Genevieves by Henry Hoke


One of the strangest criticisms that is still levied against fiction is that it serves as some form of addictive and detrimental escapism. There is a multitude of problems with this narrow-minded perspective, the least of which is not its inherent hypocrisy, but perhaps the most important of that multitude is that it represents a fundamental misunderstanding of reality and truth. You and I do not, cannot, have the same perspective. And our perspectives are the mediums through which we sense and interact with everything. In short, our realities are inherently different. The act of using escapism as a derogatory term and a crime of which fiction can be accused of assumes that there is only one objective reality, one fundamental truth that somehow always conveniently manages to serve to the benefit of a select few. As I sat reading Henry Hoke’s new book Genevieves, it occurred to me how important literature like Hoke’s reality-bending collection of stories is, given the prevalence of societal ignorance. What we have here is a reality intentionally shattered along its dimensional axes and displayed in all of its beauty and curiosities.

Genevieves is a chimeral, prismatic collection of stories, the potential meanings of which depend on how you rotate it. The stories serve as standalone elements as easily as they do part of an overarching whole. As one might expect, this is in large part due to the writing and narrative consistencies, but just as responsible are the Genevieves that so poignantly “exist”. Are we looking at a collection of women unified by a name and thematic purposes? The same woman experienced by disparate peoples? Does it even matter? This question of identity plays again and again throughout the book, with almost every character shifting within the arbitrary structures of their daily lives, and with the mundane and the fantastical constantly forgetting who is on first. You would think that this dismantling of definition and presumption would lead to an intellectual and emotional crisis, and maybe it still will, but Hoke takes the time to remind us that there is still life to be lived.

This is a choose-your-own-adventure. Not this story, this and what happens in it is set in stone and you can’t have any effect on it. I mean, y’know, this is a choose adventure, this everything. You can sit down. Or not.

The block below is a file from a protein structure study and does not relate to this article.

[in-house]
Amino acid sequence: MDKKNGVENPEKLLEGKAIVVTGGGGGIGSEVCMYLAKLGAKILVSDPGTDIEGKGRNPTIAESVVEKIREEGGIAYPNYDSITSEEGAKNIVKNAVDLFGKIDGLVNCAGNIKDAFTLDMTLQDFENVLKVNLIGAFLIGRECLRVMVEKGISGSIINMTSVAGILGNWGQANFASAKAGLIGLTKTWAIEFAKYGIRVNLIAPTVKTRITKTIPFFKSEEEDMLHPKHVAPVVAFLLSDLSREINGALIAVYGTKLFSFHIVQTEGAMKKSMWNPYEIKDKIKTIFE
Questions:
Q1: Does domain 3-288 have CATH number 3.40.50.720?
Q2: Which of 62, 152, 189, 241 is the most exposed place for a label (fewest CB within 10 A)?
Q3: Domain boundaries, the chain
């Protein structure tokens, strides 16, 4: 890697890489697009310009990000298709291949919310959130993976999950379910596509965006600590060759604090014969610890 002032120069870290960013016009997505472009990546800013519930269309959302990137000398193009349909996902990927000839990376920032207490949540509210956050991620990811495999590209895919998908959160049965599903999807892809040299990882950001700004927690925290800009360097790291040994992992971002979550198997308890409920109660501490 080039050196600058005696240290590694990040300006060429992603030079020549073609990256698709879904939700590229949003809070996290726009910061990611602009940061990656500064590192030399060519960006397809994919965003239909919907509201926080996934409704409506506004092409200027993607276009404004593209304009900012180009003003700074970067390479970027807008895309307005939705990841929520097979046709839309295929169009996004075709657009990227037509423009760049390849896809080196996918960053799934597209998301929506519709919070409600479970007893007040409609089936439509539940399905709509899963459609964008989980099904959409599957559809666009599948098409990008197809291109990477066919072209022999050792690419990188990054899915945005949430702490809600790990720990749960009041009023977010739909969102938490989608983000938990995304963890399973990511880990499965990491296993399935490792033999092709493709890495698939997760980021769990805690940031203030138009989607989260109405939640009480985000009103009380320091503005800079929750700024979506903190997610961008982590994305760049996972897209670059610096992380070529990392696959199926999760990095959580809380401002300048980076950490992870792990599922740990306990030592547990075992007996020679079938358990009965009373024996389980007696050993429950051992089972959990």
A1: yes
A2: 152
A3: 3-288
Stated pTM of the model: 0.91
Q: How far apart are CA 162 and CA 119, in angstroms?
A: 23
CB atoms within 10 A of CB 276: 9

If she grows up, Maggie wants to be a carrier pigeon.

This kind of humor returns against and again throughout the book, largely to counterpoint moments of disquieting collapse and existential concern. Physical, tangible boundaries are no more sacred than conceptual ones in Genevieves. There are violations of personal space and privacy, life-threatening danger, and repeating discomfort with truly opening one’s eye. The book is sympathetic to the dislocation and collateral damage caused by a real perspective shift, and it acknowledges that such a shift does not always have an emotionally rewarding consequence, despite our tendency in the literary world to glorify it. But it for all the book’s encouragement of open-mindedness, it does not yield in its drive toward those shifts. Progress in understanding cannot be sacrificed in deconstruction.

You can pretend to be asleep, but you can’t pretend to be awake.

As you can tell, I love all of the philosophical meat that Genevieves provides for chewing, but where this book really outdoes itself is in its structure and use of language. This is, quite simply, a great example of craft in truly capable hands. Line by line, the text is handled with such care that I’m hesitant to simply classify this as prose rather than prose poetry. This is an existential book with the rambling and redundancies pruned and removed like the excess from a bonsai. It is amusingly and humbly self-aware, at times opening up like the best conversation you’ve never had, profoundly deep and immediately relatable.

I can finish this writing with a flourish, to indicate I’m done. I can hand it to my brother, to read, to show him how close I came. A stack of paper to burn along with my sister. And I’ll go to the emergency room and find Dani, out of the woods and sleeping soundly. I’ll touch her forehead and feel my own temperature, and stay with her until she wakes, in the hope that she’ll see me in a different light, a face already changed.

I know I’ve harped on this a lot, but return value will never not (I enjoy double negatives) be important to me, and you’ll have nothing to fear from Genevieves in that department. The dual nature of the book, as a collection and as a singular narrative, allows for reading in all manner of ways. I’ve found myself returning to sections within sections, committing the unforgivable sin of taking lines out of their intended contexts and letting them play. Again, such is the strength of Hoke’s writing here that there is always value in doing this. I dare you to not let your mind run wild with the possibilities of lines such as “Look into your baby daughter’s eyes, and think only this: that she will excel at something that doesn’t exist yet.” This book is very much worth your time, if for no other reason than it allows you to participate in the dreaded escapism and appreciate that what you assume is reality is yours and yours alone.


Genevieves will be available May 1, 2017 from Subito Press.